III. Discussion

Section 1983 of Title 42 of the United States Code offers private citizens a cause of action for violations of federal law by state officials. See 42 U.S.C. § 1983. The statute provides, in pertinent part, as follows:

Every person who, under color of any statute, ordinance, regulation, custom, or usage, of any State or Territory or the District of Columbia, subjects, or causes to be subjected, any citizen of the United States or other person within the jurisdiction thereof to the deprivation of any rights, privileges, or immunities secured by the Constitution and laws, shall be liable to the party injured in an action at law, suit in equity, or other proper proceeding for redress. . . .

Id.; see also Gonzaga Univ. v. Doe, 536 U.S. 273, 284-85 (2002); Kneipp v. Tedder, 95 F.3d 1199, 1204 (3d Cir. 1996).

A. Inadequate Medical Care Claim

At the time he filed the complaint, Peynado's status was that of an immigration detainee, rather than a convicted prisoner. Consequently, the Eighth Amendment is not applicable. See Hubbard v. Taylor, 399 F.3d 150, 164 (3d Cir. 2005) (reversing and remanding grant of summary judgment to prison officials on pretrial detainee's conditions of confinement claim because the district court improperly analyzed the claim under the Eighth Amendment rather than the Due Process Clause of the Fourteenth Amendment); Natale v. Camden Cnty. Corr. Facility, 318 F.3d 575, 581 (3d Cir. 2003) (stating that the Eighth Amendment applies only after the State has secured a formal adjudication of guilt in accordance with due process of law). The Due Process Clause rather than the Eighth Amendment is applicable in this case. Boring v. Kozakiewicz, 833 F.2d 468, 471 (3d Cir. 1987) (finding "[p]retrial detainees are not within the ambit of the Eighth Amendment but are entitled to the protections of the Due Process clause."). "The Due Process clause requires the government to provide appropriate medical care." Id.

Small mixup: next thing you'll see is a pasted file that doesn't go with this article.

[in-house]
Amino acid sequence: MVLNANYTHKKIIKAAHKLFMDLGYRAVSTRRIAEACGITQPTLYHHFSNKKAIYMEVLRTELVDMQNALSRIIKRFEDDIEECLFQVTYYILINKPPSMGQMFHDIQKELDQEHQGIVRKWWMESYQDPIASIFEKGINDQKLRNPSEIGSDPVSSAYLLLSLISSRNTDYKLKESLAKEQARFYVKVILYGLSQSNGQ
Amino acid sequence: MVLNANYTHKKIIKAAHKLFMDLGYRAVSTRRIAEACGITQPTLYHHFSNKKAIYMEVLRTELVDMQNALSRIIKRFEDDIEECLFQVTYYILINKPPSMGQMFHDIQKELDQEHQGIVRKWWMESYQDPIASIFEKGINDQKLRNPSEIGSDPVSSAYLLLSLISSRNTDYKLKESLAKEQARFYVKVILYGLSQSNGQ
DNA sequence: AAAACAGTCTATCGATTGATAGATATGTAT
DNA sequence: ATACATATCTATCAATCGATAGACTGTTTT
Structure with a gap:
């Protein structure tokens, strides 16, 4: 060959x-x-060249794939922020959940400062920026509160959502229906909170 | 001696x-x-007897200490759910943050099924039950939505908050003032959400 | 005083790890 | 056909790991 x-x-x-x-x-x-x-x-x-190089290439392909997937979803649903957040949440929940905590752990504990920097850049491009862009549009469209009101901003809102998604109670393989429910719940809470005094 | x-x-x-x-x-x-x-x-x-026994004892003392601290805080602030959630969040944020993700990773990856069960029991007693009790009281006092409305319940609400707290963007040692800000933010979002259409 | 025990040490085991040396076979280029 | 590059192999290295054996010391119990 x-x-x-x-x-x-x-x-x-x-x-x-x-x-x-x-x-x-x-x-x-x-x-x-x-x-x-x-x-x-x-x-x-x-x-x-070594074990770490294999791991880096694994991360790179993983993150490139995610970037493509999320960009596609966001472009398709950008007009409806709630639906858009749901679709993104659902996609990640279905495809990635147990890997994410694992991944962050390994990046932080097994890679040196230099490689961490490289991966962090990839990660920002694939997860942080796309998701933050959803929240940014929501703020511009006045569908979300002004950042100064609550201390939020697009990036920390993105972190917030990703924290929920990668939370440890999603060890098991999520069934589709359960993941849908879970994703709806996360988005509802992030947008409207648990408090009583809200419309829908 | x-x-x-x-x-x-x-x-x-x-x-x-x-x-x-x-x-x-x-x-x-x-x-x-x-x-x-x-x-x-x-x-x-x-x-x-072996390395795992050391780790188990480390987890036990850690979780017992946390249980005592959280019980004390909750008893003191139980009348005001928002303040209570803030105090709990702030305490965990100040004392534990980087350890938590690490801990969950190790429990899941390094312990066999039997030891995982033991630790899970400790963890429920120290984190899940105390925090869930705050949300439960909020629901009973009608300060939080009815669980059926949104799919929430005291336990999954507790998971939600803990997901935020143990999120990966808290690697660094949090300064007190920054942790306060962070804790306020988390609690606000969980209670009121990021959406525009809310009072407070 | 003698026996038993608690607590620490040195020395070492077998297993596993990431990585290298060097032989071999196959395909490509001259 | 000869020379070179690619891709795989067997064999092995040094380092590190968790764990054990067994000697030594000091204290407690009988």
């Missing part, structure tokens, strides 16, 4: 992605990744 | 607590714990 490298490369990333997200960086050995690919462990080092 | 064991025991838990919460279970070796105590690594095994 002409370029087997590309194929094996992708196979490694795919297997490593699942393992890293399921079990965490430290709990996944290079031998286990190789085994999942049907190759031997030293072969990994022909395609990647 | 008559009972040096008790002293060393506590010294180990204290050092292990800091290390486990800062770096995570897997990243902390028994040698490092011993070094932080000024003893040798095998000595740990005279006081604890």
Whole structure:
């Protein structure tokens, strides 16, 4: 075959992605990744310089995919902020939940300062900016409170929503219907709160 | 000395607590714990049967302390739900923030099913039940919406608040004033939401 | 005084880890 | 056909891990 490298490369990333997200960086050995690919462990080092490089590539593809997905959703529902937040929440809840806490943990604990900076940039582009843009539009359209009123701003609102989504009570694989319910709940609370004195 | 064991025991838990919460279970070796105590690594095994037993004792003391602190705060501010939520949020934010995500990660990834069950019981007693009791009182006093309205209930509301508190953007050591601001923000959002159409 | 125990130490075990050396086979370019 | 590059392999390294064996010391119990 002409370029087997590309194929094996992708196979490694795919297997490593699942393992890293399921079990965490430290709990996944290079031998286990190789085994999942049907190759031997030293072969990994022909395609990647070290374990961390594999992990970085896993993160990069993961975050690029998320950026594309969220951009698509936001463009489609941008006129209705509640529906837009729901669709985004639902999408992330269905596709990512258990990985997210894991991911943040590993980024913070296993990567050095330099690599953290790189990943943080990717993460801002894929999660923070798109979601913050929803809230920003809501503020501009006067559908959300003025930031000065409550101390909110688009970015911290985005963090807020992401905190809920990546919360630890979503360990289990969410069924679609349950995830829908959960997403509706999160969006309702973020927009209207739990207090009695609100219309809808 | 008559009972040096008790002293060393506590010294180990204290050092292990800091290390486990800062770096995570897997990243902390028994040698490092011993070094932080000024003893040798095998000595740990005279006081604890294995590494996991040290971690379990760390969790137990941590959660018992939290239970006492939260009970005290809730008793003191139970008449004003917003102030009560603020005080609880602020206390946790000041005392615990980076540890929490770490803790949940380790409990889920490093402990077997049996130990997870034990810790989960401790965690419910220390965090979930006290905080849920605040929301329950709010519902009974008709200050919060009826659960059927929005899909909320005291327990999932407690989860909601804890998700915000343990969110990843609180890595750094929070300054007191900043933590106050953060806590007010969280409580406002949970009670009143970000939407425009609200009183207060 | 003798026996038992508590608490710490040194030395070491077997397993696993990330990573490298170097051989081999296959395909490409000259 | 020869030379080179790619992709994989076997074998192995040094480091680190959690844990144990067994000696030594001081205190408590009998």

The due process rights of detainees are "at least as great" as the Eighth Amendment protections available to convicted prisoners. See Simmons v. City of Phila., 947 F.2d 1042, 1067 (3d Cir. 1991); Brown v. Borough of Chambersburg, 903 F.2d 274, 278 (3d Cir. 1990); City of Revere v. Massachusetts Gen. Hosp., 463 U.S. 239, 244 (1983). However, without determining how much more protection, if any, detainees are entitled to above the protection provided to convicted prisoners, the United States Court of Appeals for the Third Circuit has applied the standards enunciated in Eighth Amendment cases to medical claims by detainees. See Boring, 833 F.2d at 473; Natale, 318 F.3d at 581.